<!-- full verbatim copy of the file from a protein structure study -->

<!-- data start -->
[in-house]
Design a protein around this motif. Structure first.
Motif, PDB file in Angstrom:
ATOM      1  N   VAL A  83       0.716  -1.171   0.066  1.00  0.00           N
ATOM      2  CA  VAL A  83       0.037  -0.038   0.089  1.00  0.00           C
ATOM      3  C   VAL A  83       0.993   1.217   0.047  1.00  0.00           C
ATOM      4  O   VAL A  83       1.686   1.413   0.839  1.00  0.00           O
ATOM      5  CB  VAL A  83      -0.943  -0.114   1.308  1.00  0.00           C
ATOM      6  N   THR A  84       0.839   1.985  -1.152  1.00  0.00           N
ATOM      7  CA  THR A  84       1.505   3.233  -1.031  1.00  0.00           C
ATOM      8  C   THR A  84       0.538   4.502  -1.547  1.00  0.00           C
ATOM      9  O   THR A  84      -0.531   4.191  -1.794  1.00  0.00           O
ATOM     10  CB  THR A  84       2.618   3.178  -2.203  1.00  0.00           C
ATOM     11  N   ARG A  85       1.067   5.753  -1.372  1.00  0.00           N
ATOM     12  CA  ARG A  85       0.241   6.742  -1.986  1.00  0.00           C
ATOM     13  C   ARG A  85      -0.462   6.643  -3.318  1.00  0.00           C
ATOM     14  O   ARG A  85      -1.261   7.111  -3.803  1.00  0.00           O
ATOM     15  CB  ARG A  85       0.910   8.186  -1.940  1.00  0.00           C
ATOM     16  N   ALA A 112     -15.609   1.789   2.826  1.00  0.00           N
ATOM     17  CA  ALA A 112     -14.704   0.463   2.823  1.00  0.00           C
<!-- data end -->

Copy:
[in-house]
Design a protein around this motif. Structure first.
Motif, PDB file in Angstrom:
ATOM      1  N   VAL A  83       0.716  -1.171   0.066  1.00  0.00           N
ATOM      2  CA  VAL A  83       0.037  -0.038   0.089  1.00  0.00           C
ATOM      3  C   VAL A  83       0.993   1.217   0.047  1.00  0.00           C
ATOM      4  O   VAL A  83       1.686   1.413   0.839  1.00  0.00           O
ATOM      5  CB  VAL A  83      -0.943  -0.114   1.308  1.00  0.00           C
ATOM      6  N   THR A  84       0.839   1.985  -1.152  1.00  0.00           N
ATOM      7  CA  THR A  84       1.505   3.233  -1.031  1.00  0.00           C
ATOM      8  C   THR A  84       0.538   4.502  -1.547  1.00  0.00           C
ATOM      9  O   THR A  84      -0.531   4.191  -1.794  1.00  0.00           O
ATOM     10  CB  THR A  84       2.618   3.178  -2.203  1.00  0.00           C
ATOM     11  N   ARG A  85       1.067   5.753  -1.372  1.00  0.00           N
ATOM     12  CA  ARG A  85       0.241   6.742  -1.986  1.00  0.00           C
ATOM     13  C   ARG A  85      -0.462   6.643  -3.318  1.00  0.00           C
ATOM     14  O   ARG A  85      -1.261   7.111  -3.803  1.00  0.00           O
ATOM     15  CB  ARG A  85       0.910   8.186  -1.940  1.00  0.00           C
ATOM     16  N   ALA A 112     -15.609   1.789   2.826  1.00  0.00           N
ATOM     17  CA  ALA A 112     -14.704   0.463   2.823  1.00  0.00           C